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By Bread Staff
A series of high-stakes, thorny, and must-pass decisions will greet lawmakers when they return from their August recess. Bread will be calling on our members to contact Congress a lot in the coming months.
Congress must act on child nutrition programs before Sept. 30. On Sept. 17, the Senate Agriculture Committee will consider a comprehensive bill. Thousands of messages to Congress, combined with in-district meetings by Bread members, are building strong support for improving summer meals in a final child nutrition bill. If Congress cannot complete a bill by Sept. 30, we expect to see an extension of the current law, providing Congress additional time to work on a bill this year.
Lawmakers will need to pass a short-term continuing resolution to prevent a government shutdown by Sept. 30, the last day of the fiscal year. Before the end of 2015, Congress and the administration will be working to pass a broader budget deal that funds the government, replaces sequestration cuts, and raises the debt ceiling.
The White House has repeatedly threatened to veto any bill that locks in sequestration cuts fiscal year 2016. A number of prominent Republican and Democratic members of Congress have been very vocal in their opposition to sequestration, calling for a budget deal to lift the sequestration caps. However, it remains unclear whether there is enough political will in Congress to reach a budget deal. Whatever Congress negotiates this year will likely continue for two years. Election season will be underway next spring, making it very difficult for Congress to pass major legislation.
Continuing sequestration for the remainder of FY 2016 and FY 2017 would force additional cuts and make it impossible to restore past cuts or make new investments in critical anti-hunger and anti-poverty programs. Thus, pushing for a budget deal that replaces sequestration cuts with a balanced approach that protects funding for anti-hunger programs continues to be an important message to send to Congress.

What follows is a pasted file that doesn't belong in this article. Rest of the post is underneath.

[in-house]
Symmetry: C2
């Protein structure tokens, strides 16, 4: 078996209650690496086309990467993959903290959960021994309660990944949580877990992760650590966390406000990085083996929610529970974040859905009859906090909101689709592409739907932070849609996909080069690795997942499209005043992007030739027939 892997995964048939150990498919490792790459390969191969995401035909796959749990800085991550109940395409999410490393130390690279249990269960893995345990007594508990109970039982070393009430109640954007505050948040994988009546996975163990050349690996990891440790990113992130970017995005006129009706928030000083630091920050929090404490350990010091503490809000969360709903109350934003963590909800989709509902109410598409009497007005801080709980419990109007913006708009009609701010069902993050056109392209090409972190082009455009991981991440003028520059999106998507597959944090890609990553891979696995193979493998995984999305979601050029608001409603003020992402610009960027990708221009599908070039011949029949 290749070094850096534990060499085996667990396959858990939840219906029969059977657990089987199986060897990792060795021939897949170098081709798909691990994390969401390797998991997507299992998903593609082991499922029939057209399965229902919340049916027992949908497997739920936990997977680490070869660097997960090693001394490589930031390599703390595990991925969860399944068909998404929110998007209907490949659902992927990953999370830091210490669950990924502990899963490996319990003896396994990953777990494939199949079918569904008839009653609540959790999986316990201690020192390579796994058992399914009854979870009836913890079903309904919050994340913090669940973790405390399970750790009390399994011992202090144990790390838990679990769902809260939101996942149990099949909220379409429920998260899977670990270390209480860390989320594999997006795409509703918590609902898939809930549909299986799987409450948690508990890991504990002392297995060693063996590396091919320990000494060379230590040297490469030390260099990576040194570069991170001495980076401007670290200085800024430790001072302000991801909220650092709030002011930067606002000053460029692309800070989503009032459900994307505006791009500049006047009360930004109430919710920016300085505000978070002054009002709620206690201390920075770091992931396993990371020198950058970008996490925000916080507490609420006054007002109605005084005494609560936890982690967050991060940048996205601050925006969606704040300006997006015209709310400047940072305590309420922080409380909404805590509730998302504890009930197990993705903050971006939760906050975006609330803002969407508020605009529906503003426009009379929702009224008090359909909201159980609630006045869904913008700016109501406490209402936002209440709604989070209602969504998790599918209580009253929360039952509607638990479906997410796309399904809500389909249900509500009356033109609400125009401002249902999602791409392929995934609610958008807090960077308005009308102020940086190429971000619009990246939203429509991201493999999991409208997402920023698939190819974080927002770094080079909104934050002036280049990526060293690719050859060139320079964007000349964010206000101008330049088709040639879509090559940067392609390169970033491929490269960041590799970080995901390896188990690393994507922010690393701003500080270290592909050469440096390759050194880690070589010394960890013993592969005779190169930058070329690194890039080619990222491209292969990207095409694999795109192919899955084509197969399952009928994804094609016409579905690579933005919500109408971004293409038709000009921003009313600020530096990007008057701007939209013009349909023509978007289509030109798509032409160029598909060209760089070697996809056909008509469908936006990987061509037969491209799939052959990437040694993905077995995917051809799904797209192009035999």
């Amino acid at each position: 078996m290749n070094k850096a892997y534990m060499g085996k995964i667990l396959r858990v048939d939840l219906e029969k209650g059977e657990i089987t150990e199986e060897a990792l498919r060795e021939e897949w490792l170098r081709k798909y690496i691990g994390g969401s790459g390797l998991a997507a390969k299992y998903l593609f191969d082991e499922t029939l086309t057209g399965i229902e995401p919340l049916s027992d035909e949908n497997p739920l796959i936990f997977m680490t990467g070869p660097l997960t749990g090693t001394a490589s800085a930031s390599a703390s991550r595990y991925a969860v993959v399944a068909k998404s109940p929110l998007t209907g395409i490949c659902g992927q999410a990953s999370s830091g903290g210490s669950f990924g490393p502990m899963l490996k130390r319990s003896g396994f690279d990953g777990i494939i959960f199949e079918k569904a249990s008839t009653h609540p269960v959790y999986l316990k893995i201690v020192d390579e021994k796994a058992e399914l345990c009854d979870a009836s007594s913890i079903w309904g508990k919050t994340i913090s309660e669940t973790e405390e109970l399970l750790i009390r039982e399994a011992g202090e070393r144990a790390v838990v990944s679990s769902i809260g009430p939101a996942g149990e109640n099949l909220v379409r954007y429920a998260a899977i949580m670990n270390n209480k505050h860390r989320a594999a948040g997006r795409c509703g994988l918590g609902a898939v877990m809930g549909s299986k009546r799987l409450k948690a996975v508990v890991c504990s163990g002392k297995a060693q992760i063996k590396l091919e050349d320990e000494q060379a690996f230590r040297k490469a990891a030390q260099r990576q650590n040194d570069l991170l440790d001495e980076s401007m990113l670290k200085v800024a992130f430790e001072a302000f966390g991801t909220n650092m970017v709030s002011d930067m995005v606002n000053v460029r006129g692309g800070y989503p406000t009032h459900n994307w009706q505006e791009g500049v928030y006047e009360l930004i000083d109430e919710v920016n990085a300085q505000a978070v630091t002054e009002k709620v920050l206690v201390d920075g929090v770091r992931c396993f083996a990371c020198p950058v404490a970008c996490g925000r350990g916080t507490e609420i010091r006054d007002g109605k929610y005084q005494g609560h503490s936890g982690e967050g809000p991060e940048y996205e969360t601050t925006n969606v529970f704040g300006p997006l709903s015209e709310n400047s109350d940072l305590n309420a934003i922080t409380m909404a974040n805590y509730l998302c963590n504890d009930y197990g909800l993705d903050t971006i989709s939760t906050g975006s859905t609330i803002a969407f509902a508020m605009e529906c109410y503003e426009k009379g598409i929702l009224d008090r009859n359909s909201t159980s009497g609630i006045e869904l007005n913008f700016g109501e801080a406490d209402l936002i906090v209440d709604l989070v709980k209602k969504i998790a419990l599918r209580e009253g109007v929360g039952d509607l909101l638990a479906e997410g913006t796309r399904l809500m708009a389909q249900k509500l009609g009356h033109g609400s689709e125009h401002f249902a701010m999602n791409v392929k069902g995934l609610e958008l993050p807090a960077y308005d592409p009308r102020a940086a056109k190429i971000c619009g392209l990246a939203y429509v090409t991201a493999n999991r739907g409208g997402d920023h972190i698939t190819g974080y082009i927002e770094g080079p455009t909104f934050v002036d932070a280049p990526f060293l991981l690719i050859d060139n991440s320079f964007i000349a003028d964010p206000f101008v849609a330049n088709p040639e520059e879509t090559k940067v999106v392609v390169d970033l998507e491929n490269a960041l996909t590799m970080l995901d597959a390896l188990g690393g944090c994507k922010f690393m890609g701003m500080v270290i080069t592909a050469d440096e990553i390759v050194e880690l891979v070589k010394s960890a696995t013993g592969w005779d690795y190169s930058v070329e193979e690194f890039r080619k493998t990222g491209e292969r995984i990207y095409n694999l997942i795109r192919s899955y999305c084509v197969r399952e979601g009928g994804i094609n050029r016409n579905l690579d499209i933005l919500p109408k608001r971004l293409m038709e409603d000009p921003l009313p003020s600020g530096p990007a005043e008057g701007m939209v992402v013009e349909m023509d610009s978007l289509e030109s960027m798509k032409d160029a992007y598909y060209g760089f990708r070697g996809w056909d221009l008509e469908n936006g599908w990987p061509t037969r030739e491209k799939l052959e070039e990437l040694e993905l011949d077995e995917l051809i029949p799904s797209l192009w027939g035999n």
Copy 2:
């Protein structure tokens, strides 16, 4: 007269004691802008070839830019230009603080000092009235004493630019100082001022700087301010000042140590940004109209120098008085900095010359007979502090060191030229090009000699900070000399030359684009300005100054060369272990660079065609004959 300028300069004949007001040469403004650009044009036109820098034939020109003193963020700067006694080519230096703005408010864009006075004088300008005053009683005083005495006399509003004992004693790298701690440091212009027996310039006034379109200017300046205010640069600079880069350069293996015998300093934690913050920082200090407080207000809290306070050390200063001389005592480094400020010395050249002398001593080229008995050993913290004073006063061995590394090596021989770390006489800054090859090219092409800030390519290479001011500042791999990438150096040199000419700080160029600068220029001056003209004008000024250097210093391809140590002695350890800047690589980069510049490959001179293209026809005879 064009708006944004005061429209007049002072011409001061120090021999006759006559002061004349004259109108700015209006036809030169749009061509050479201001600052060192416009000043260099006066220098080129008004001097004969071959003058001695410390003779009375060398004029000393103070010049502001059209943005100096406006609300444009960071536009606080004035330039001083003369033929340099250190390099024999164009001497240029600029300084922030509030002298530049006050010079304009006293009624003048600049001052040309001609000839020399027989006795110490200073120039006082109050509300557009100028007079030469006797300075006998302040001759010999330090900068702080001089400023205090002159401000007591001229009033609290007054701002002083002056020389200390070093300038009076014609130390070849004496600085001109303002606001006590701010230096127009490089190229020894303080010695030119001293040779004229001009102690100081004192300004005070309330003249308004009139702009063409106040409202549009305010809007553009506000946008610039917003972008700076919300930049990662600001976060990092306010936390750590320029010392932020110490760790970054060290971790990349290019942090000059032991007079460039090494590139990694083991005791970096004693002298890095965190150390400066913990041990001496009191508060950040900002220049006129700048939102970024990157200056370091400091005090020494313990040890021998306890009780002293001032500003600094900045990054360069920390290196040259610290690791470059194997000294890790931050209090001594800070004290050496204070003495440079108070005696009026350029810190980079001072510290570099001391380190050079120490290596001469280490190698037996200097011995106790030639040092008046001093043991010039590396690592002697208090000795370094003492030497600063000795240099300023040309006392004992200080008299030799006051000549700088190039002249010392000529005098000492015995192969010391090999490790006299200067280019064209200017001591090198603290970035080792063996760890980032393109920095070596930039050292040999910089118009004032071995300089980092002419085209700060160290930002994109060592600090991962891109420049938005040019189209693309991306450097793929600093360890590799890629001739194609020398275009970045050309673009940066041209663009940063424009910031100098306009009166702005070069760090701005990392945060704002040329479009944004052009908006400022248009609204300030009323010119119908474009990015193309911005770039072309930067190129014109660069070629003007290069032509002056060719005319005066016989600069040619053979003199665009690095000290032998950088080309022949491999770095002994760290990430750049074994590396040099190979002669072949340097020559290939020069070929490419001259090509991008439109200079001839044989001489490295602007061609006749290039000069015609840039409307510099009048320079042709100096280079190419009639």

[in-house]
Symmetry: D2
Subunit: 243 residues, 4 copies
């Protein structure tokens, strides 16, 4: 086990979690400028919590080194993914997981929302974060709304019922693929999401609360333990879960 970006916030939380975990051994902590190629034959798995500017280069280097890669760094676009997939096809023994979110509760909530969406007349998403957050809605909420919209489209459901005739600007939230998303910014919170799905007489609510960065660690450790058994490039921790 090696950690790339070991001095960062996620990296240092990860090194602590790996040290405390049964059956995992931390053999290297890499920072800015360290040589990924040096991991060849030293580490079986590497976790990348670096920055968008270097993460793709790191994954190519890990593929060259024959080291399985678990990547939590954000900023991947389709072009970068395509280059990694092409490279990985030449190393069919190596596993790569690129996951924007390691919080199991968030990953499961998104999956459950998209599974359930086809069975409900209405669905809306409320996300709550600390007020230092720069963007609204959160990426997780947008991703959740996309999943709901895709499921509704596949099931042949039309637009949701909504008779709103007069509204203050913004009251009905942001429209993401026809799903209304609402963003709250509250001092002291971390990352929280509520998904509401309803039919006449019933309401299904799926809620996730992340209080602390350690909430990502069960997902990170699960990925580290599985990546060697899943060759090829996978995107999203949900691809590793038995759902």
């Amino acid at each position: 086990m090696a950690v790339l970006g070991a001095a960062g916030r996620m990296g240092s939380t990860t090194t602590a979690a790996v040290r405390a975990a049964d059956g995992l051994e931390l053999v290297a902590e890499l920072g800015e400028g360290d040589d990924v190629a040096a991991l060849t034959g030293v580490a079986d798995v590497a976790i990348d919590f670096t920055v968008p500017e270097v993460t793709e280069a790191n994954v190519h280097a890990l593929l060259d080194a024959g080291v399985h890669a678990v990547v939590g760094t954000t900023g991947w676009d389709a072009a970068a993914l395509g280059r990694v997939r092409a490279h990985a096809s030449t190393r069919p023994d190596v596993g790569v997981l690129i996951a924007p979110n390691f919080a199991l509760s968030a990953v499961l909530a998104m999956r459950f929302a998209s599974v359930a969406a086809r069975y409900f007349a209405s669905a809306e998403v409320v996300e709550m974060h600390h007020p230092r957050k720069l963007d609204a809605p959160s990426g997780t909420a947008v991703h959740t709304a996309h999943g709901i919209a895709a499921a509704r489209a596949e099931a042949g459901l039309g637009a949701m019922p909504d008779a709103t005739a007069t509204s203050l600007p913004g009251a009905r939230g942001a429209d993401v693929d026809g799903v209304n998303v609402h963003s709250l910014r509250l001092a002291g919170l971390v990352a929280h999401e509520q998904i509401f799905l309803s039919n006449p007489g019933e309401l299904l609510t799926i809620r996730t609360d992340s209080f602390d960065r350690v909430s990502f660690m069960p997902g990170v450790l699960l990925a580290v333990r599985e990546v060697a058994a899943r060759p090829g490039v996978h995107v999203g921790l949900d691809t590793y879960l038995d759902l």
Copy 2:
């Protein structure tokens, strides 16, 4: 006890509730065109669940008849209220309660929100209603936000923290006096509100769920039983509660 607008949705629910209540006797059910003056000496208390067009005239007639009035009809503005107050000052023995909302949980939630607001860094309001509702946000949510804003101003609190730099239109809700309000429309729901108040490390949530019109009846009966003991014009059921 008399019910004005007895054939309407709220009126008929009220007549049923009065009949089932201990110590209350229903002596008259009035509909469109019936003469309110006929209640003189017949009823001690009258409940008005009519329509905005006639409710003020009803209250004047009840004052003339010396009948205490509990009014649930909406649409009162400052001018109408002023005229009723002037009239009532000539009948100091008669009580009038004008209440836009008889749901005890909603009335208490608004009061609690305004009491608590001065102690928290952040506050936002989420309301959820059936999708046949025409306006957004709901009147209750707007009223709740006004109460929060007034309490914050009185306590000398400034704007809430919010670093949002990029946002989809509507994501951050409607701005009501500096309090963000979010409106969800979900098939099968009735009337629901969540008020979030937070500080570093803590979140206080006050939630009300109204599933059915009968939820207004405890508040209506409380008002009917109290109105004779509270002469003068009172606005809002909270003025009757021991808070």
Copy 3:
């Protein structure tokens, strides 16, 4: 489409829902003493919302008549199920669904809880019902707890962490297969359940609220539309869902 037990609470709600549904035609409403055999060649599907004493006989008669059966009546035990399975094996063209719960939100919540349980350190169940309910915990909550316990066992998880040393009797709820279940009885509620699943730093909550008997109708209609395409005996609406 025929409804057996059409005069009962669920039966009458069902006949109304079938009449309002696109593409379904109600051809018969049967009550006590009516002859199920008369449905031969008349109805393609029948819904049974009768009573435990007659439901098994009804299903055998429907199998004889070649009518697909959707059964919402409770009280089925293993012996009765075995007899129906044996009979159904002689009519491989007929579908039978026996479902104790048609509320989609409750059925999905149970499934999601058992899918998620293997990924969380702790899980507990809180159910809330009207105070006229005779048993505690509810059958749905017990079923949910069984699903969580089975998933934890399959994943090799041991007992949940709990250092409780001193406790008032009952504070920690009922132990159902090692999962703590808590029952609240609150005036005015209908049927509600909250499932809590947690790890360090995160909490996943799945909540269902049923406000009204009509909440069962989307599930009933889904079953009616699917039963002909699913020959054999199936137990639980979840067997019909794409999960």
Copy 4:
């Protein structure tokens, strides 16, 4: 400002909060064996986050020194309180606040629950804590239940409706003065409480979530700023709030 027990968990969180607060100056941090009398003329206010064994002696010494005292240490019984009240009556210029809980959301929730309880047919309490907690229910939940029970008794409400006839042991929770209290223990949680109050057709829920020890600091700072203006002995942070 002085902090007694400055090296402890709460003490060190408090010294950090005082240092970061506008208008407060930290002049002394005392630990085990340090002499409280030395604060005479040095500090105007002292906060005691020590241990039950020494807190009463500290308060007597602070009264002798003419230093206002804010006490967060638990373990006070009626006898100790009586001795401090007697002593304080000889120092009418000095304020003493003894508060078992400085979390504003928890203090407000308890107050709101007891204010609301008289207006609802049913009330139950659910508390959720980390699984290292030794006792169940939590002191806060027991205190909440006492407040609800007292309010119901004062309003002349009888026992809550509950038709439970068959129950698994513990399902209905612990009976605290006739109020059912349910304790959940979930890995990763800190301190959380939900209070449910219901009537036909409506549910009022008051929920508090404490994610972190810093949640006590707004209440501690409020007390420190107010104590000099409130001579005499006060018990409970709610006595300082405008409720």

Bread is working very hard to get this act passed this year, which would make the U.S.’s successful global food-security program, Feed the Future, permanent. In the House, the number of cosponsors grew from under 50 to 70 just over the summer, in large part because of Bread members’ advocacy efforts.
Strong efforts are still being made around food aid reform. The Senate Foreign Relations Committee looks set to mark up the Food for Peace Reform Act of 2015 (S. 525). This legislation would modernize U.S. food aid in order to increase its flexibility, prevent inefficiencies, and expand the reach of the program to millions more people.
Before Dec. 31, Congress will need to extend a number of expired tax benefits, primarily for businesses. Many in Congress want to make some of those tax breaks permanent. Bread wants to ensure that any bill that expands or makes permanent any business tax breaks also makes permanent the 2009 improvements to the earned income and child tax credits. These are the only tax credits specifically directed to low-income working families, and they prevent more people from falling into poverty than any other program in the country except Social Security.
Senate Judiciary Committee members continue to negotiate a criminal justice reform bill. In the House, the SAFE Justice Act (H.R. 2944), sponsored by Reps. Jim Sensenbrenner (R-Wisc.) and Bobby Scott (D-Va.), has gotten a great deal of attention. Speaker John Boehner (R-Ohio) appeared to come out in support of the bill, which would, among other things, lower mandatory minimum sentences for non-violent drug offenses. Bread continues to push to lift the lifetime ban on SNAP and TANF (Temporary Assistance for Needy Families) for individuals with felony drug convictions, urging members of Congress to include that provision in any criminal justice reform legislation.
By Jordan Teague, senior international policy advisor
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The Supplemental Nutrition Assistance Program (SNAP) is designed to respond to changes in need, making it well suited to respond to crises such as the COVID-19 pandemic.
Bread for the World and its partners are asking Congress to provide $200 million for global nutrition in the fiscal year 2020 budget.
In 2017, 11.8 percent of households in the U.S.—40 million people—were food-insecure, meaning that they were unsure at some point during the year about how they would provide for their next meal.